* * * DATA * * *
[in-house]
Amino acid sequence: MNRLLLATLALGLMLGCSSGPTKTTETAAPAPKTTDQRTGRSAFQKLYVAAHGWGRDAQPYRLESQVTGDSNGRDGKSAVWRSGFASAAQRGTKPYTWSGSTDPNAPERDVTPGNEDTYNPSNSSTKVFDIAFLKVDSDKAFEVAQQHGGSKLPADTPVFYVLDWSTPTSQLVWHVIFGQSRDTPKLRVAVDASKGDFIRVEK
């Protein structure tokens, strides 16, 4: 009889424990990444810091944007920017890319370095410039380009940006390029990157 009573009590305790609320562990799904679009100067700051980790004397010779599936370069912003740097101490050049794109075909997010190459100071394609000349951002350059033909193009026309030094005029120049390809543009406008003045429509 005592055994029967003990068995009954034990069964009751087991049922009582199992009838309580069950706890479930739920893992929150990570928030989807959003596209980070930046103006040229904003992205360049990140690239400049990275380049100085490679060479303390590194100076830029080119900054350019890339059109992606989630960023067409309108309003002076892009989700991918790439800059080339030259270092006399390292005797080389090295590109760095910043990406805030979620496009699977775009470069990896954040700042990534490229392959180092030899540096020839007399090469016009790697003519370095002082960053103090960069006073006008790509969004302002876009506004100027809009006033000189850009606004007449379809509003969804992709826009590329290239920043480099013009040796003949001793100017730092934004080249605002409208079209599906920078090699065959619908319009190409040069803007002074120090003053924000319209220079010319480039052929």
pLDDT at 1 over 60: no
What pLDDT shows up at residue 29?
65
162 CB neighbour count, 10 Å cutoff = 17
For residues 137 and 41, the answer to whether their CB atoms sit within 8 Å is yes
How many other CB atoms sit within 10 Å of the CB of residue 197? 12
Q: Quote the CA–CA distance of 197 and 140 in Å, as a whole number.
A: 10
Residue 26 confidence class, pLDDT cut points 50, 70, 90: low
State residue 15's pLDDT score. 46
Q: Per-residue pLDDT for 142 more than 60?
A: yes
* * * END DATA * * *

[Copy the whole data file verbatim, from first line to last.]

[in-house]
Amino acid sequence: MNRLLLATLALGLMLGCSSGPTKTTETAAPAPKTTDQRTGRSAFQKLYVAAHGWGRDAQPYRLESQVTGDSNGRDGKSAVWRSGFASAAQRGTKPYTWSGSTDPNAPERDVTPGNEDTYNPSNSSTKVFDIAFLKVDSDKAFEVAQQHGGSKLPADTPVFYVLDWSTPTSQLVWHVIFGQSRDTPKLRVAVDASKGDFIRVEK
């Protein structure tokens, strides 16, 4: 009889424990990444810091944007920017890319370095410039380009940006390029990157 009573009590305790609320562990799904679009100067700051980790004397010779599936370069912003740097101490050049794109075909997010190459100071394609000349951002350059033909193009026309030094005029120049390809543009406008003045429509 005592055994029967003990068995009954034990069964009751087991049922009582199992009838309580069950706890479930739920893992929150990570928030989807959003596209980070930046103006040229904003992205360049990140690239400049990275380049100085490679060479303390590194100076830029080119900054350019890339059109992606989630960023067409309108309003002076892009989700991918790439800059080339030259270092006399390292005797080389090295590109760095910043990406805030979620496009699977775009470069990896954040700042990534490229392959180092030899540096020839007399090469016009790697003519370095002082960053103090960069006073006008790509969004302002876009506004100027809009006033000189850009606004007449379809509003969804992709826009590329290239920043480099013009040796003949001793100017730092934004080249605002409208079209599906920078090699065959619908319009190409040069803007002074120090003053924000319209220079010319480039052929």
pLDDT at 1 over 60: no
What pLDDT shows up at residue 29?
65
162 CB neighbour count, 10 Å cutoff = 17
For residues 137 and 41, the answer to whether their CB atoms sit within 8 Å is yes
How many other CB atoms sit within 10 Å of the CB of residue 197? 12
Q: Quote the CA–CA distance of 197 and 140 in Å, as a whole number.
A: 10
Residue 26 confidence class, pLDDT cut points 50, 70, 90: low
State residue 15's pLDDT score. 46
Q: Per-residue pLDDT for 142 more than 60?
A: yes